Rather, we spent our money, energy and time on R&D and building the required infrastructure for a possible IPO. Whereas 99 percent of the companies use IPO generated funds to expand their growth, we already have funded expansions. Thus, I would consider an IPO for the expansion of my business per se and taking advantages of global opportunities. I believe that we have been Canada’s best kept secret for a long time but soon, the market will be hearing a lot more from our corner over the next few months.
How do you leverage Canada’s excellent R&D environment?
We are engaged in multiple strategic R&D partnerships with a few universities as well as local hospitals. We have a large directory of physicians who we are working with in regards to the medicinal value of the cannabis plant and what they would like to see prescribed for their patients. We are considering R&D as something that we will be self-funding. We will always be on the lookout for strategic and scientific collaborations but we have PhD’s, chemists and academics on site that are able to break down the plant and are currently working very hard in order for us to ultimately obtain a DIN (drug identification number).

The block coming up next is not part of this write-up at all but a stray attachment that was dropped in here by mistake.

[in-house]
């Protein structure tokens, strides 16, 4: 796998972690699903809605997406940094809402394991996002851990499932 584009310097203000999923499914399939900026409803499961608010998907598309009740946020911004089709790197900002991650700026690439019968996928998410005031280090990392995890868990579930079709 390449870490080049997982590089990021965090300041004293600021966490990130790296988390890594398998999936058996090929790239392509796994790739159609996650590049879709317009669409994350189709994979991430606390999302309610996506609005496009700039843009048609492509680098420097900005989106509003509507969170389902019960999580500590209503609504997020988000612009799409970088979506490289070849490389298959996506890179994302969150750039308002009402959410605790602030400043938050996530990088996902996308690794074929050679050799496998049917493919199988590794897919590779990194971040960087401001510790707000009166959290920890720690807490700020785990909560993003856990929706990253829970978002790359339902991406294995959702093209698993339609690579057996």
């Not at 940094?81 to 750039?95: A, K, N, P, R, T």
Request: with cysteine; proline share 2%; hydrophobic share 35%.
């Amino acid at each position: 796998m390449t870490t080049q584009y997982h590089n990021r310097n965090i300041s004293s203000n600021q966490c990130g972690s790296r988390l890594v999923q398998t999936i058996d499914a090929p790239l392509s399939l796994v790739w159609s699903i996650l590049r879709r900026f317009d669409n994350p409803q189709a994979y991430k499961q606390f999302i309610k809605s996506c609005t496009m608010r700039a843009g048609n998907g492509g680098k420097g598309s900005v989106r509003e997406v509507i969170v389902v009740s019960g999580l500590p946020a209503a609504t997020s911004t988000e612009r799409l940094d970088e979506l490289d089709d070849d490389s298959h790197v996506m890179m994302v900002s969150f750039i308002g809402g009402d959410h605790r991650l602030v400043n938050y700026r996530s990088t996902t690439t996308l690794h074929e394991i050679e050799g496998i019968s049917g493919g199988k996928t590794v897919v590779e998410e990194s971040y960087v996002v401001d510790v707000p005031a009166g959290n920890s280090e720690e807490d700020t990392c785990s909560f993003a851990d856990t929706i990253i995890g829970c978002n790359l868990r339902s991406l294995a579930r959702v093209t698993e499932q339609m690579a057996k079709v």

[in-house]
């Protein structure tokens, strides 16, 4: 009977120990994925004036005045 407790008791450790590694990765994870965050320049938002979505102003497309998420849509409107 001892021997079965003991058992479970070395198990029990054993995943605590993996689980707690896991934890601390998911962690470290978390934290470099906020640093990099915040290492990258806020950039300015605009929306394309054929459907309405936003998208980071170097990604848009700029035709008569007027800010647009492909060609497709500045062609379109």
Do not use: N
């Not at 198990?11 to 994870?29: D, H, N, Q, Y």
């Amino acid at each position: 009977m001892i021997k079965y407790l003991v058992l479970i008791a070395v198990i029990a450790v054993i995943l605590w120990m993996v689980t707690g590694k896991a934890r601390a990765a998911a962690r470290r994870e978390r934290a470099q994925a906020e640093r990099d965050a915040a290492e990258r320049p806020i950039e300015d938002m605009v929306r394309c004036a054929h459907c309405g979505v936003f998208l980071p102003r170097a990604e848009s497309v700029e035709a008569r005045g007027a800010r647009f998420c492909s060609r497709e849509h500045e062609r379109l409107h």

Despite the diminishing stigma around medicinal cannabis, there are still concerns, mainly due to the lack of clinical research that has been conducted on the topic.
We witness good research coming out of multiple corners in the world, most notably California and Israel. This is an important aspect because Canadian health practitioners require peer-reviewed papers and double blind studies, just as they do with traditional primary care medication. They need the science behind the properties of the plant in order to make informed choices for their patients. Up until this day, doctors take all liability and we, as an industry, have to come forward with studies how different cannabinoids profiles target different medical issues.
How would you assess Health Canada’s progress in developing regulatory pathways for medicinal cannabis?
Quite frankly, we are light-years away from where we should be—and where we need to be in the space. As a licensed producer, the only two product forms I can offer on the market is dried cannabis and cannabis in oil form with a certain dosage limit.
We are missing out on the opportunity to use cannabis in combination with different medical devices or produce different treatment forms, such as capsules or creams. However, while Health Canada is moving slow, I do not necessarily believe that it is bad as such, as they are making well thought-out decisions and because they want to ensure that we are manufacturing at very high standards, always having the best interest of Canadians health and safety at heart.